Many challenges must be overcome for fiber OPAs to be useful in communication applications. In multi-wavelength systems, these are four-wave mixing (FWM), cross-phase modulation (XPM), and cross-gain modulation (XGM) between signals.13 The pump-to-signal relative intensity noise transfer and frequency/phase to signal intensity conversion are also potential challenges for practical fiber OPAs. In particular, the signal crosstalk due to FWM and XGM effects has been shown to be a constraint on using fiber OPAs in WDM systems.13 We have proposed several schemes to suppress such crosstalk, namely the two-orthogonal-pump OPA,14 WDM signals with polarization-interleaving,15 and recently a return-to-zero differential phase-shift-keying (RZ-DPSK) signal format. The latter suppresses the power penalty due to crosstalk up to 3dB, as shown in Figure 1, which compares eye diagrams, and in Figure 2, which compares the bit-error-rates (BER) of different formats.16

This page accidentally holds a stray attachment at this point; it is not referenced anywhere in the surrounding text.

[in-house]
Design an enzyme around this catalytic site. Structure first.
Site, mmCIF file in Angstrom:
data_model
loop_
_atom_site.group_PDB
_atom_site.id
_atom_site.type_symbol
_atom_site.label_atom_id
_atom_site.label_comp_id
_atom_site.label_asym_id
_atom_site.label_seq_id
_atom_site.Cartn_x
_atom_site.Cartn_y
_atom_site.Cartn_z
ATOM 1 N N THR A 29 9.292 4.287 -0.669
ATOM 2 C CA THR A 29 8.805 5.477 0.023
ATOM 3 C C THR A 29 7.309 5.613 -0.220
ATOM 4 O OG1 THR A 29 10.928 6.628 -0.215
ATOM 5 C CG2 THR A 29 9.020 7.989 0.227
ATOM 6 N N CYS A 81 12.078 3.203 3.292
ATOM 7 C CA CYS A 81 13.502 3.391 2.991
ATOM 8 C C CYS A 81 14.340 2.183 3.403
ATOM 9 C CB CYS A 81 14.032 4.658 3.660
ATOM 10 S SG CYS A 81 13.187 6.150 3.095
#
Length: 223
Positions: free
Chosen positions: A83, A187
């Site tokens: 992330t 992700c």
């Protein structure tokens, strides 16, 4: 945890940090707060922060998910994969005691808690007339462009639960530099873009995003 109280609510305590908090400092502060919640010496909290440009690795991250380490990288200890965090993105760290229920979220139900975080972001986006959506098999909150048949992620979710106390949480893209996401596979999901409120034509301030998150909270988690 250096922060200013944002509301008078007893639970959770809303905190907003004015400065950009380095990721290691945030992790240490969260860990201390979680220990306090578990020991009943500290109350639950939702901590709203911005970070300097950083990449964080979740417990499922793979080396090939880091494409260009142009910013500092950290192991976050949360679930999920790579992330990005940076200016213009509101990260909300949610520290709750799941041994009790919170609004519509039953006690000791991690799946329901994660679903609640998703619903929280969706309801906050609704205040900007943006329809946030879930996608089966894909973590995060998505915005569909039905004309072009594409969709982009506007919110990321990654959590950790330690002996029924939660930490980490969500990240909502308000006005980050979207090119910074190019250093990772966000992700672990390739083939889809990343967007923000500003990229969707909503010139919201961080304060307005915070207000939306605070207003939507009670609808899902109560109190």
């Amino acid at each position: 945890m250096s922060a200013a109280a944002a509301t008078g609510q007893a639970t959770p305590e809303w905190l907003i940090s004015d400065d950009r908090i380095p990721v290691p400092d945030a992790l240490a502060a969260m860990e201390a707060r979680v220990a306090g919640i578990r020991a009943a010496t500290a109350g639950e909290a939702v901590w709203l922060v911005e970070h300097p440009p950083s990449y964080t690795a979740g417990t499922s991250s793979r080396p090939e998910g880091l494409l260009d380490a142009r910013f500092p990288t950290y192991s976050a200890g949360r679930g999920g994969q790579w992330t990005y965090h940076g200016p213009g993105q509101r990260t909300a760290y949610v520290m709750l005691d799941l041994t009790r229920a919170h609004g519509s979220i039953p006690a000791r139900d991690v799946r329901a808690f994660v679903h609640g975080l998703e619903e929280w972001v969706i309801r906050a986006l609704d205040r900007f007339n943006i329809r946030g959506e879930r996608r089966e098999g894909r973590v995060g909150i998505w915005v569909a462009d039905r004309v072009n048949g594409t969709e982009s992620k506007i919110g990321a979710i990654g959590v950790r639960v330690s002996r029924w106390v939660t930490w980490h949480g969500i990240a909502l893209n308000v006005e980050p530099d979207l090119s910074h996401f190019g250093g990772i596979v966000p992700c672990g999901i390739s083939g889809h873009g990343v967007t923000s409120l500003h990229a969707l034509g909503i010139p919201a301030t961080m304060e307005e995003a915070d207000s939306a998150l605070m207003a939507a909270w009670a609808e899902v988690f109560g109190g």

Figure 1. Eye diagrams of de-multiplexed wavelength division multiplexing (WDM) signals at 1567.6nm before and after an optical parametric amplifier (OPA). Left column: A return-to-zero differential phase-shift-keying (RZ-DPSK) signal. Right column: A conventional on-off-keying (OOK) signal. Timescales are 50ps/div for return-to-zero signals and 20ps/div for no return-to-zero signals.16

Figure 2. Bit-error-rate (BER) plots for RZ-DPSK (left) and OOK (right) signals at 1567.6nm. Dashed lines and empty diamonds: Back-to-back. Solid lines and solid diamonds: After OPA.16